“Wind Energy Parasites” are worse than fleas on a dog!

Posted: April 4, 2013 in Uncategorized

We all know how hard it is to get rid of fleas on a dog, head lice on children, not to mention a bloodsucker when swimming in a muddy lake!

These small creatures are called parasites! They feed on their hosts and there are many remedies available to get rid of them and keep them away.

Not so with the Wind Industry and their political counterparts who literally live off the avails of others (citizens)!

One can easily label these as parasites because without a willing or “legislated”  host they would cease to exist……very quickly!

We have our own parasitic group right here in Ontario even though this post below is from the U.S…………..oh and just to emphasize how outrageous the costs of Green Energy really is, in the U.S. where they complain about a $54.00 Mgw-hour price, we here in Ontario are paying over $150.00 Mgw-hour !!!!!

Yesterday Rural Ontario were on the streets of Toronto trying to rid Ontario of a whole room full of parasites trying to suck more blood money through the Government’s Feed In Tariff fund!

When a wind investor calls for cut backs on the feeding tube (subsidy) of public money then you know this “Green Wind Agenda” has become not only absurd but actually way beyond reason!

Wind Energy prices have now reached an average of $54.00 a megawatt-hour! ($150.00 here in Ontario)!

WHAT?…………..if that isn’t a parasite who is gorging itself beyond reason then anyone who “thinks” this is O.K. or acceptable should be locked up for a mental evaluation!

Wind-Power Subsidies? No Thanks.

I’m in the green-energy business. If Washington sent a little less ‘green’ our way, it would be good for the industry.

April 1/2012

By PATRICK JENEVEIN Wall Street Journal

The sequester has led to dire warnings from many camps, including advocates of clean energy, who argue that Washington’s modest cuts could derail America’s green future. But from my vantage as a CEO in the wind-power business, the sequester offers Washington a rare opportunity to roll back misguided subsidies and maybe help reverse wind power’s stalling momentum.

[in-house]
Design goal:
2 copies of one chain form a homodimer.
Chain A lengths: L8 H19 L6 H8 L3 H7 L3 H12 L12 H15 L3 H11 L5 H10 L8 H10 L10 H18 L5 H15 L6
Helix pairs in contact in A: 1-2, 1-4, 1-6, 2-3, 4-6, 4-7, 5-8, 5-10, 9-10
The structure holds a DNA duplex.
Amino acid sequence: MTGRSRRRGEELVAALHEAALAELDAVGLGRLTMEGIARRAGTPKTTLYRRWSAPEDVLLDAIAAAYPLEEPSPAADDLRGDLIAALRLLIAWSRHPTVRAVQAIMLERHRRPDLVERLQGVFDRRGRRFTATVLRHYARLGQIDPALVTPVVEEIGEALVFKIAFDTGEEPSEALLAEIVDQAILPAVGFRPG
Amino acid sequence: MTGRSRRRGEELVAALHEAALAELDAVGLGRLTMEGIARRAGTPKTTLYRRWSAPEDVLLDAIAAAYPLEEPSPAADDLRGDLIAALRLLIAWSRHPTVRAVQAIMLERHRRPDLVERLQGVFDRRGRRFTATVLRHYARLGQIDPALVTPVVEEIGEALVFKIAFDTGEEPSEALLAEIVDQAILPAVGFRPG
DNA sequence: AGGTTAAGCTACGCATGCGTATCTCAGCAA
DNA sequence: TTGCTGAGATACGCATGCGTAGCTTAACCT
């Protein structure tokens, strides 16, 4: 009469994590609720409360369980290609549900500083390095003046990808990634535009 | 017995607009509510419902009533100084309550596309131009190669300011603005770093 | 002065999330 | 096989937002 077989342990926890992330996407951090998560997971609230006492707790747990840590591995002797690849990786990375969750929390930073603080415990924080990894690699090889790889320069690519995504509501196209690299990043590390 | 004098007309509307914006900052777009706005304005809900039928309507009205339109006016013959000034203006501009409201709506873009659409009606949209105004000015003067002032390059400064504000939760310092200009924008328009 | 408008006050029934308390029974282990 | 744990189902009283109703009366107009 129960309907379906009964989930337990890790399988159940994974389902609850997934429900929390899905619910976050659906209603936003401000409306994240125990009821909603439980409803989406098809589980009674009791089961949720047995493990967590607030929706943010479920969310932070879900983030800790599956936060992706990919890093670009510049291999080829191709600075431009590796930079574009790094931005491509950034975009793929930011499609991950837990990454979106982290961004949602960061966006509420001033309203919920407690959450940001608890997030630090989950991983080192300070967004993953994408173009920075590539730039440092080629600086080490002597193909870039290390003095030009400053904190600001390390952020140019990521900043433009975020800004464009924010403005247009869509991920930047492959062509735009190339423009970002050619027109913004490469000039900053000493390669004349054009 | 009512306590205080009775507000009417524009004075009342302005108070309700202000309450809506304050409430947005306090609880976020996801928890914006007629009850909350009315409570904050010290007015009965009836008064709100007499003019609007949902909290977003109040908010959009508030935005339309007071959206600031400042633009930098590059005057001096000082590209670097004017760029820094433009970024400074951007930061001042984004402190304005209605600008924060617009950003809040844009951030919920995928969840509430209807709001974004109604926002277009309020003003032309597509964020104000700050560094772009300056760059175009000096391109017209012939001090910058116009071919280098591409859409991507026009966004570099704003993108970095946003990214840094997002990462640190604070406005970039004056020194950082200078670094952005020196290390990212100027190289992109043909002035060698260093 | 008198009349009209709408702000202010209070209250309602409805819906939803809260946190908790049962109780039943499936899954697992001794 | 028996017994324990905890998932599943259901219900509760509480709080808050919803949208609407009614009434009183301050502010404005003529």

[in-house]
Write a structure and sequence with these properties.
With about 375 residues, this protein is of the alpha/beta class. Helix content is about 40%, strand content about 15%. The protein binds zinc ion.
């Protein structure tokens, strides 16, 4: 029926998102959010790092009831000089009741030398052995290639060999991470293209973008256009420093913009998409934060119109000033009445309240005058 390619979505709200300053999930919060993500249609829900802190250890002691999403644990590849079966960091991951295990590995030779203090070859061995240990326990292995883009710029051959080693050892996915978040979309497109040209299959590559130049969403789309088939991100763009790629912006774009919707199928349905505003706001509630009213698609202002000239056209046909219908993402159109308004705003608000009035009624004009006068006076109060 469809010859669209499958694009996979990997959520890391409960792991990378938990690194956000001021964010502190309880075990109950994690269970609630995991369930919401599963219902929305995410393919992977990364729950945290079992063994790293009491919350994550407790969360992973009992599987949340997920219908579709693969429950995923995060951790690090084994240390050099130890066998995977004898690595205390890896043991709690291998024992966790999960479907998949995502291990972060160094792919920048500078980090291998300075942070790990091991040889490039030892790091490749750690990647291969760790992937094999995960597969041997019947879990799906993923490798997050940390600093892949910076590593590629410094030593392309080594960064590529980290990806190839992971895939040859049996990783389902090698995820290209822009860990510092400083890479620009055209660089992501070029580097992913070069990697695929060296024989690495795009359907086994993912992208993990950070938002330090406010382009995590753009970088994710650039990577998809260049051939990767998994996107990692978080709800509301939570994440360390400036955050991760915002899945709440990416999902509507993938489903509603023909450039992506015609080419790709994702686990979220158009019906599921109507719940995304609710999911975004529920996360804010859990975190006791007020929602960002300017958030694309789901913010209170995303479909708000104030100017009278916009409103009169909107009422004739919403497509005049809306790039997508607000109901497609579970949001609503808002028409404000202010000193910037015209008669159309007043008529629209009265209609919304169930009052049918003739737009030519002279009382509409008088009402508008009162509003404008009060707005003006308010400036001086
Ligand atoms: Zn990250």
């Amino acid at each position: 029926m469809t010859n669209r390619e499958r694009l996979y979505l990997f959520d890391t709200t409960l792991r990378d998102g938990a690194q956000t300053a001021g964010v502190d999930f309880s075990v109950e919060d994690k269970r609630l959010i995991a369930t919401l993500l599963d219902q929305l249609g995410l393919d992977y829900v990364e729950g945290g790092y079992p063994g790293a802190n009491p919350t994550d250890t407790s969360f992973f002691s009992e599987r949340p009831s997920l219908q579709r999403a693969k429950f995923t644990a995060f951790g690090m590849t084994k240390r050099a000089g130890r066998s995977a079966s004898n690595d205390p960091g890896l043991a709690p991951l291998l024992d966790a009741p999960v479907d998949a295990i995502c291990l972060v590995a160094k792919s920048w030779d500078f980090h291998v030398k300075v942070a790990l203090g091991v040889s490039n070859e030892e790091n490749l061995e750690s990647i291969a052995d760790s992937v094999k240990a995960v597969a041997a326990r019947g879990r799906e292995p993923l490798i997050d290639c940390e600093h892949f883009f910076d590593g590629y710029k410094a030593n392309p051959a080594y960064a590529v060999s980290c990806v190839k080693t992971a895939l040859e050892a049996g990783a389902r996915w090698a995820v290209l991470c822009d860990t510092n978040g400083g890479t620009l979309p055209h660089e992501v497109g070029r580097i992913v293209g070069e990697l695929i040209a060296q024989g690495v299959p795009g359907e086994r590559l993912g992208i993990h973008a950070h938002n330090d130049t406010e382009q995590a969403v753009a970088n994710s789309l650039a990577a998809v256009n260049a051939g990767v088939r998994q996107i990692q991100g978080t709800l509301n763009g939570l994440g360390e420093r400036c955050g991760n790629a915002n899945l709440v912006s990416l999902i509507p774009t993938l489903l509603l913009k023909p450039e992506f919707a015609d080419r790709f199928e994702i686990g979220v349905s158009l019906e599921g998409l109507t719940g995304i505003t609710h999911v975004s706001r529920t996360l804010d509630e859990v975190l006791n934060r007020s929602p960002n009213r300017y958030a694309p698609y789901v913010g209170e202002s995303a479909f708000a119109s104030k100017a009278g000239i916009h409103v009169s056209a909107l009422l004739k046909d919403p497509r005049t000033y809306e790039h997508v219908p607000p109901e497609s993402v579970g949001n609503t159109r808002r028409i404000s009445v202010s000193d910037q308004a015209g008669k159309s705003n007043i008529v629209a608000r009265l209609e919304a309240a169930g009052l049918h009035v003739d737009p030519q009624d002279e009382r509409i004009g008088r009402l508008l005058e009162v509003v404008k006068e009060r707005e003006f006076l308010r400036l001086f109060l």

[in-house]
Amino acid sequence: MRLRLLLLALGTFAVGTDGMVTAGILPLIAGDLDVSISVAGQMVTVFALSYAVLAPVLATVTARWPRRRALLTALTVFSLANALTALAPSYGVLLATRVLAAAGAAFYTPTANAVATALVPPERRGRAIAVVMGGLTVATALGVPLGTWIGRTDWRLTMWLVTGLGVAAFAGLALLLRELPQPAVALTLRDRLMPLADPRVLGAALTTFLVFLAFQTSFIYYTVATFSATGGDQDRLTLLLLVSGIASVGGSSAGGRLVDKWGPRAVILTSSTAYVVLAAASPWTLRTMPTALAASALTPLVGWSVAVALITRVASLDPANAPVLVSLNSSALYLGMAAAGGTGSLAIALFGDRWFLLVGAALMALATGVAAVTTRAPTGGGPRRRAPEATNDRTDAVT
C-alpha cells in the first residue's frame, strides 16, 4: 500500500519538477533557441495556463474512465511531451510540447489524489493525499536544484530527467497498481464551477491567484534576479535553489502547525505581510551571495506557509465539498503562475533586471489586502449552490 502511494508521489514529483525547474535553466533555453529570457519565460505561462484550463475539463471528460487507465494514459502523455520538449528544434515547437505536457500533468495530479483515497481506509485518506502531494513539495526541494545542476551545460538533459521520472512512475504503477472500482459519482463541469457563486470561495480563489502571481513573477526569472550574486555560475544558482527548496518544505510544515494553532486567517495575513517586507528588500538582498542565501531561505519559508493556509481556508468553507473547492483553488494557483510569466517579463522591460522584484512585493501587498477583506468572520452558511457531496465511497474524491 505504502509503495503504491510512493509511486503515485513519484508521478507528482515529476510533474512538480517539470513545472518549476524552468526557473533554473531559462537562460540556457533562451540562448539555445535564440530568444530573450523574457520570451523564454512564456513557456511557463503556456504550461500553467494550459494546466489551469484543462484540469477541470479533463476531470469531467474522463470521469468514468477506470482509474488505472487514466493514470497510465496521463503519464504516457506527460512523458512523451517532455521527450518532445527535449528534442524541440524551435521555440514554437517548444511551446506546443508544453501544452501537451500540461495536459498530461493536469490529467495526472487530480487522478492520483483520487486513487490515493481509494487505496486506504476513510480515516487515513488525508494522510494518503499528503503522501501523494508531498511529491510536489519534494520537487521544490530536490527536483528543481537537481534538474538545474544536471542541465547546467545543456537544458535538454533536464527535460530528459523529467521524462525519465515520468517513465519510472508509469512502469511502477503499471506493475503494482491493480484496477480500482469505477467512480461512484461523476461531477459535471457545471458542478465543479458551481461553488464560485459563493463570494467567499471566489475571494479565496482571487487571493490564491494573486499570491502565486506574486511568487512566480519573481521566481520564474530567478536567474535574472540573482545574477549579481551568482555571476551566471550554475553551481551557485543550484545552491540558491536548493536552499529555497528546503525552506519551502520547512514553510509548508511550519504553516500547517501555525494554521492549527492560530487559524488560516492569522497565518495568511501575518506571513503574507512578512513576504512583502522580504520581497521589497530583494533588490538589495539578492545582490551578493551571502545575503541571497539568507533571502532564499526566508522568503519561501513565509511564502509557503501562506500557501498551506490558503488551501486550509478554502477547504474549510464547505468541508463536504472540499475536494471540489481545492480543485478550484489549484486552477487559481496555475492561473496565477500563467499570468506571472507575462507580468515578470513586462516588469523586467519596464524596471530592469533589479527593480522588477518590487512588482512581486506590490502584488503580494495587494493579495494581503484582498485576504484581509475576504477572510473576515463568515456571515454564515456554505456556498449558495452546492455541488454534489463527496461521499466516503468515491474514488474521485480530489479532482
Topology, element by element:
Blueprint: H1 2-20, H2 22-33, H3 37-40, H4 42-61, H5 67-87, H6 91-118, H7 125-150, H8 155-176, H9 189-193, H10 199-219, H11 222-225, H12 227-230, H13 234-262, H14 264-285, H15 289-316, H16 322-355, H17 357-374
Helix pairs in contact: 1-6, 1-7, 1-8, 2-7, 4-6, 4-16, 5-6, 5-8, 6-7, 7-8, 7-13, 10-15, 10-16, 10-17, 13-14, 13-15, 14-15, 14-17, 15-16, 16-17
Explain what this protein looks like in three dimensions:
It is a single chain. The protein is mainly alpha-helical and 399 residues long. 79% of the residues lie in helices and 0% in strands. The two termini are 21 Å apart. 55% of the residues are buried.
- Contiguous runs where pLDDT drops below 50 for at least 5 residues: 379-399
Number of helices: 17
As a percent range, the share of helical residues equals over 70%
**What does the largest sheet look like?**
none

Since 2009, as part of the president’s stimulus, wind-farm developers have been able to get a federal cash grant or tax credit covering up to 30% of their capital investment in a new project. This is especially attractive compared with another tax credit that rewards wind farms based on how much power they actually produce. Through May 2012, according to the National Renewable Energy Laboratory, Washington spent some $8.4 billion on these cash grants.

But under the sequester, Uncle Sam is cutting the cash-grant program by 8.7% between March 1 and Sept. 30. Advocates of clean energy should welcome this haircut and urge for even more fundamental policy change.


Barbara Kelley

Government subsidies to new wind farms have only made the industry less focused on reducing costs. In turn, the industry produces a product that isn’t as efficient or cheap as it might be if we focused less on working the political system and more on research and development. After the 2009 subsidy became available, wind farms were increasingly built in less-windy locations, according to the Department of Energy’s “2011 Wind Technologies Market Report.” The average wind-power project built in 2011 was located in an area with wind conditions 16% worse than those of the average project in 1998-99.

The Department of Energy admits that this trend is due at least in part to the 2009 federal subsidy: Because the grants that companies receive aren’t based on how much power they produce, “it is possible that developers have seized this limited opportunity to build out the less-energetic sites.” Meanwhile, wind-power prices have increased to an average $54 per megawatt-hour, compared with $37 in 2005.


  1. […] Like Loading… This entry was posted on Thursday, April 4th, 2013 at 10:55 am and posted in Uncategorized. You can follow any responses to this entry through the RSS 2.0 feed. « “Wind Energy Parasites” are worse than fleas on a dog! […]

Leave a Reply

Fill in your details below or click an icon to log in:

WordPress.com Logo

You are commenting using your WordPress.com account. Log Out /  Change )

Google+ photo

You are commenting using your Google+ account. Log Out /  Change )

Twitter picture

You are commenting using your Twitter account. Log Out /  Change )

Facebook photo

You are commenting using your Facebook account. Log Out /  Change )


Connecting to %s